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Walter Bagehot Langport

Langport and its Surroundings

Here we have the chapter on Langport from the now out-of-copyright book 'The Works and Life of Walter Bagehot' by Mrs. Russell Barrington. This was published in London by Longmans, Green and Co. in 1915.

Feel free to contact us if you would like to view an original copy of this great book!

We also have an original 1911 copy of the classic 'Langport and its Church: the story of the Ancient Borough, with references to neighbouring Parishes' by David MELVILLE ROSS should anyone be interested. We aim to put this online as soon as time allows.




Old Pictures of Langport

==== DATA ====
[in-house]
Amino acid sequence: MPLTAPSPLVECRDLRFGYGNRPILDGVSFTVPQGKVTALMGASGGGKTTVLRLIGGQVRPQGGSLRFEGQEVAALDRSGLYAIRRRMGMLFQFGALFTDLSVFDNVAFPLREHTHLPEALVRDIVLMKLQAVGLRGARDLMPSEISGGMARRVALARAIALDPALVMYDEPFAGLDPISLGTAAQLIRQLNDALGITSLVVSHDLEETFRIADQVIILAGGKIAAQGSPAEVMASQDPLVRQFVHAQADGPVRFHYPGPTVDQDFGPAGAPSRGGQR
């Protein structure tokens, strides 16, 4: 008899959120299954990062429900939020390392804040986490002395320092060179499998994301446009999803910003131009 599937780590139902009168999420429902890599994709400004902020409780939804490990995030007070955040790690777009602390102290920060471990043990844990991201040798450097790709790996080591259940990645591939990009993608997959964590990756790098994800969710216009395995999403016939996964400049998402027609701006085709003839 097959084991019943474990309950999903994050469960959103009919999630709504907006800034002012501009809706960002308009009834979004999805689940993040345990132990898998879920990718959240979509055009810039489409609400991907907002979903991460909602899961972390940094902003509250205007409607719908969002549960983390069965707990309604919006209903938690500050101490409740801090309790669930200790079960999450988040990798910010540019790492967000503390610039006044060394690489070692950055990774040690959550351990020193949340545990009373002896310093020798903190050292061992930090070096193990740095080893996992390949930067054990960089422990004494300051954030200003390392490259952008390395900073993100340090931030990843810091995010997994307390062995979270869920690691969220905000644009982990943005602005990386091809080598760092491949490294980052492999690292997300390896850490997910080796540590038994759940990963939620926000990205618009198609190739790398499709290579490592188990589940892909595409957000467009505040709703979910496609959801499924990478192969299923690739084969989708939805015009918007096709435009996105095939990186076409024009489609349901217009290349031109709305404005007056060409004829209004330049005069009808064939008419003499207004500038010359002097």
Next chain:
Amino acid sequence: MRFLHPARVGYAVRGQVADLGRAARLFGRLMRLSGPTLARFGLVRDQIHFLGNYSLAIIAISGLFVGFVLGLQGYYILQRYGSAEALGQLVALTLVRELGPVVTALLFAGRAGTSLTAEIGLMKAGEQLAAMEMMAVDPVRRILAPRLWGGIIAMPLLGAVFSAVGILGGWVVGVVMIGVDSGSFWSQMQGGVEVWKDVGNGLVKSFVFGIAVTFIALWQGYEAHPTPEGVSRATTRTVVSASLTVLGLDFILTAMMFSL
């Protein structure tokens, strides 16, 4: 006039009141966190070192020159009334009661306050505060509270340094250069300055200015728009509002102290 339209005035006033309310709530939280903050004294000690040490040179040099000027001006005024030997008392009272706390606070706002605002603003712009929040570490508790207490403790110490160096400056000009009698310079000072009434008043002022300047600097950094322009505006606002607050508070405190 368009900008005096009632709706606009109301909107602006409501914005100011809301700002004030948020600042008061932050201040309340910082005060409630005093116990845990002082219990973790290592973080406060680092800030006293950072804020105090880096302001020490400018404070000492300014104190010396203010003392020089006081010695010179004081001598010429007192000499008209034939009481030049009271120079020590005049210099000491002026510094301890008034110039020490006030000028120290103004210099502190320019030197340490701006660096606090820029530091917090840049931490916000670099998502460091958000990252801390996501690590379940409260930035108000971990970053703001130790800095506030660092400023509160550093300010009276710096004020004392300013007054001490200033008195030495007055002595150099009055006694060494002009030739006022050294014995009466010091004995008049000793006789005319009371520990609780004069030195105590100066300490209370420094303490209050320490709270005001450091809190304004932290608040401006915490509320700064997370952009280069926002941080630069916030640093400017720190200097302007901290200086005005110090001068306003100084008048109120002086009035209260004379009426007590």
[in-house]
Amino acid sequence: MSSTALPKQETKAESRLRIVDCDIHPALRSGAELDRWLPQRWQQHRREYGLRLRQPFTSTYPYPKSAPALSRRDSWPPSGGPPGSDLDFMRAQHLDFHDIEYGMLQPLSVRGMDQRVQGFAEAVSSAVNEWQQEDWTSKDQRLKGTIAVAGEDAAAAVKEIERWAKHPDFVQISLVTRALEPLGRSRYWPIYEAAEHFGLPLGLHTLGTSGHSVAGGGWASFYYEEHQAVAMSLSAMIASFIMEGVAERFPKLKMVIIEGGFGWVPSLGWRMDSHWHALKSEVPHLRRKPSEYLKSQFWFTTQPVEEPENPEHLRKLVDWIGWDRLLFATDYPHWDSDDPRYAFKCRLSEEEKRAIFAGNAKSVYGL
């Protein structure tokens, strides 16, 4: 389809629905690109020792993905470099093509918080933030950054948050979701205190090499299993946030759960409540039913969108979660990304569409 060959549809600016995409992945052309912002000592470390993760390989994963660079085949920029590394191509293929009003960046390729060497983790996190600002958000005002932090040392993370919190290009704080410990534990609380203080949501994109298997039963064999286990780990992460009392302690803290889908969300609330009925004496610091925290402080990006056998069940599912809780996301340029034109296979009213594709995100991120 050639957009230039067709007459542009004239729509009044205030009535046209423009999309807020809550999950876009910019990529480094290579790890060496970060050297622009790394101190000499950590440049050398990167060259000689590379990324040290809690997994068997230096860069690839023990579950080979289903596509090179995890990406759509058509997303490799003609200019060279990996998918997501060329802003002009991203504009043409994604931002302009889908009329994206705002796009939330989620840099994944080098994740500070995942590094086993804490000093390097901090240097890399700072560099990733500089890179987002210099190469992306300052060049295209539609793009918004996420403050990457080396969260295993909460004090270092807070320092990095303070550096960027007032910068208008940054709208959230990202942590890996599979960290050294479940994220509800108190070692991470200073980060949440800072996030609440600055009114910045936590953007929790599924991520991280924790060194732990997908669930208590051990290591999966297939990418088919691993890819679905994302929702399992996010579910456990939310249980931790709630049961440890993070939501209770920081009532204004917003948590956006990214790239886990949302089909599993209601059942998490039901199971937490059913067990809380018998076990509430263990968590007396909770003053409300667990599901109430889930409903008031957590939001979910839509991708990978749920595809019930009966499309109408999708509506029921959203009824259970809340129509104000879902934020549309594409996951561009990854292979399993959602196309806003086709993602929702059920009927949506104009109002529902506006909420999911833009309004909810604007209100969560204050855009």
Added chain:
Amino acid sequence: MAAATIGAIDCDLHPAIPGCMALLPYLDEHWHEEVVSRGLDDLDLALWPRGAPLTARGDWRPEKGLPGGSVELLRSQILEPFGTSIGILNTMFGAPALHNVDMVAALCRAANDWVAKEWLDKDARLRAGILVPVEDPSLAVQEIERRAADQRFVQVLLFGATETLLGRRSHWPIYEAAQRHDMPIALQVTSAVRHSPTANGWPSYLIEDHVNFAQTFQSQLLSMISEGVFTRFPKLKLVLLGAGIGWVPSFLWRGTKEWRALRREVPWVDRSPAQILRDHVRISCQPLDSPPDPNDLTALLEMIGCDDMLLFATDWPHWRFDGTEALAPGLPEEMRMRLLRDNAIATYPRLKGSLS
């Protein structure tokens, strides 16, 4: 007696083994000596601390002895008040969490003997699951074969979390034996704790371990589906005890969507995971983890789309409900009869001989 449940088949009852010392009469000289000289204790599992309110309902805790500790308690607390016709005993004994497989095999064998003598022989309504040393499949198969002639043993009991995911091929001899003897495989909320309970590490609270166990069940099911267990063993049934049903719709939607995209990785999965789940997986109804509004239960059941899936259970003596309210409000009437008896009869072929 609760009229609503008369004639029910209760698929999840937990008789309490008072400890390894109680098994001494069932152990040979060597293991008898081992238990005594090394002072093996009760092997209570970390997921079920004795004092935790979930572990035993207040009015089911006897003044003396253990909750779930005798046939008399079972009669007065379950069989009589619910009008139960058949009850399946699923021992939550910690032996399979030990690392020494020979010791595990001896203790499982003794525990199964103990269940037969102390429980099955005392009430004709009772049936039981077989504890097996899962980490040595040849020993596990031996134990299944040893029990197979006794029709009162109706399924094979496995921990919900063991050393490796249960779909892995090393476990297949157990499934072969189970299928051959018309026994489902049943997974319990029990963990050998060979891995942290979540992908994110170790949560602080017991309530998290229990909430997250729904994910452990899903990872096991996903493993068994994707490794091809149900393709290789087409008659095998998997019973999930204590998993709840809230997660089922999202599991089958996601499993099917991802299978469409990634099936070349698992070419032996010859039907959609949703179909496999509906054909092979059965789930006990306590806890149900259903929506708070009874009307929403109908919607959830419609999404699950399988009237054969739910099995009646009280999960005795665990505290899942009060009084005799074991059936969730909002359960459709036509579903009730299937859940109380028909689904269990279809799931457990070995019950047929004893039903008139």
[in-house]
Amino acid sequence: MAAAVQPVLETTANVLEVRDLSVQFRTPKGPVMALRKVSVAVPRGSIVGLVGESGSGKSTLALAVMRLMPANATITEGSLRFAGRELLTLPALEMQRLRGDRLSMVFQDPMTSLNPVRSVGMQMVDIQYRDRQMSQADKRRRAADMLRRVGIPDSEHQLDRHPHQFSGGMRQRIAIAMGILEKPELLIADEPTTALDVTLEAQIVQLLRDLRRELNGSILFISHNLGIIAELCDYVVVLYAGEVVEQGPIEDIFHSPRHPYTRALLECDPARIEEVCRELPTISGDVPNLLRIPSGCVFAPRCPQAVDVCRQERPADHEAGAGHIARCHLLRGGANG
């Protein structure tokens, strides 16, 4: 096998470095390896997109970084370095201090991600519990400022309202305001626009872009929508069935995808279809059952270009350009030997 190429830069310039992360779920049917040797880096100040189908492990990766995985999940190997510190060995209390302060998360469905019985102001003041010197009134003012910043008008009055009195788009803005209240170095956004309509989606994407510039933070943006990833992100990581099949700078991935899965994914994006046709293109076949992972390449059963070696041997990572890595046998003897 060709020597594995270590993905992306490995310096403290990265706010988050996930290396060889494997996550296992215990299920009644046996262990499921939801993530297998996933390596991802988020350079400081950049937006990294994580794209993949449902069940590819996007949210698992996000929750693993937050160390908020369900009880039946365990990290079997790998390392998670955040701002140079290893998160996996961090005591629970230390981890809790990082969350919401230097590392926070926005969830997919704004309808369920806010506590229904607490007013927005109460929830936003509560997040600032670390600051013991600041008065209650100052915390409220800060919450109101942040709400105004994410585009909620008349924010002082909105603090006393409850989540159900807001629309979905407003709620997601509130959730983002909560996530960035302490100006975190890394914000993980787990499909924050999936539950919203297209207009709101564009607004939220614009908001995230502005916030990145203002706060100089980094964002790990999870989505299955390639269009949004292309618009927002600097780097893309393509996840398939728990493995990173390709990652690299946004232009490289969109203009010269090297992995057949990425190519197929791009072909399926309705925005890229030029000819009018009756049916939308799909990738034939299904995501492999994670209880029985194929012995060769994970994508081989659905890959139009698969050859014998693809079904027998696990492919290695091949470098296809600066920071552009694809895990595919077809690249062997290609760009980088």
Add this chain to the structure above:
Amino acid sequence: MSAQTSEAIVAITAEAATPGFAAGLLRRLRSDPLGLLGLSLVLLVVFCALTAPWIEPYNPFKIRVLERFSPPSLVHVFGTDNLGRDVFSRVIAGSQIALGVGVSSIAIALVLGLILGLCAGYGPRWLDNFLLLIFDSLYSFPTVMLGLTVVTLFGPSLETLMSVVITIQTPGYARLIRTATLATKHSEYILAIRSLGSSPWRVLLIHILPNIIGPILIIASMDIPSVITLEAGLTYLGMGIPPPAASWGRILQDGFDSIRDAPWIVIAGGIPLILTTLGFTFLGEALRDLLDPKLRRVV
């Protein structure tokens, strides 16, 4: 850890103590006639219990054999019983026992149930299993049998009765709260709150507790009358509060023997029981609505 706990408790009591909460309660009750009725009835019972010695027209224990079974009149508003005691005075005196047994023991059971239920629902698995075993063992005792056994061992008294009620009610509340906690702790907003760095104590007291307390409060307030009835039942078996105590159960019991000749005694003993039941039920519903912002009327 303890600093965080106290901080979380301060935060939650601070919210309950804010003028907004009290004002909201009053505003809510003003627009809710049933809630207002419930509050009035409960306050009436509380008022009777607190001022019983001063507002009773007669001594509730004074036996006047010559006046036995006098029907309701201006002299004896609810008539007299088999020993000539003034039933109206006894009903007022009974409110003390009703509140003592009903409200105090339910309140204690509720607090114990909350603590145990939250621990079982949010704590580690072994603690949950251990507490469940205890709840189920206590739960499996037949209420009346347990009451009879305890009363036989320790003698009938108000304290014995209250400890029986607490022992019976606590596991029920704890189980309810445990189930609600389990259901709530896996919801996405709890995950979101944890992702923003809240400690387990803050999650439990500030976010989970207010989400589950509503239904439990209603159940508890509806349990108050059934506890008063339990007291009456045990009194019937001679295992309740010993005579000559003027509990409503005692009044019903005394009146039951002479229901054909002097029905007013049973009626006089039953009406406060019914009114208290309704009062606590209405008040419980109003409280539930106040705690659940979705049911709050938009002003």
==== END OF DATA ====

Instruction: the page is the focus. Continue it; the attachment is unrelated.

Walter Bagehot’s birthplace, is a small, ancient town on the river Parret in the centre of that part of England which narrows between the Bristol and the English Channels before it again widens out into Devonshire. Langport is thirteen miles from Taunton, thirteen from Bridgwater, thirteen from Glastonbury, thirteen from Yeovil, thirteen from Crewkerne, and five from Somerton, formerly the capital of Somerset. It is quite unique, unlike any other place in England. It reminds one rather of certain small foreign towns. Viewed as a town it is tiny, and the inhabitants do not now number eight hundred. Yet it cannot be called a village; it has a market. Its importance in history and its commercial prosperity are the results of its being the first ford from the mouth of the river Parrett. It is like a town stopped short in the making, never having expanded beyond restricted limits. For these limitations there are physical causes. Two hills rise out of the moors half a mile apart. The moors mean in Somerset those wide stretches of meadowland, flat as a lake, from which dead level rise the Mendip, the Quantock, and the Black Down Hills. They include the famous Sedgemoor, the scene of the defeat of Monmouth by Marlborough. One of the two hills was formerly covered by the ancient town of Langport, a crowded mass of houses, within fortified walls, interlaced with narrow alleys, and crowned by a grand early perpendicular church built on the site of a yet earlier Norman church. The town was entered on the eastern side through an archway under the Hanging Chapel, built in the latter part of the thirteenth century as the Merchants’ Guild Chapel. These and the church still exist as they were in olden times. The opposite hill, Herd’s Hill, is crowned by groups of huge elm trees, whose rounded masses of foliage rise with stately effect against the western sky.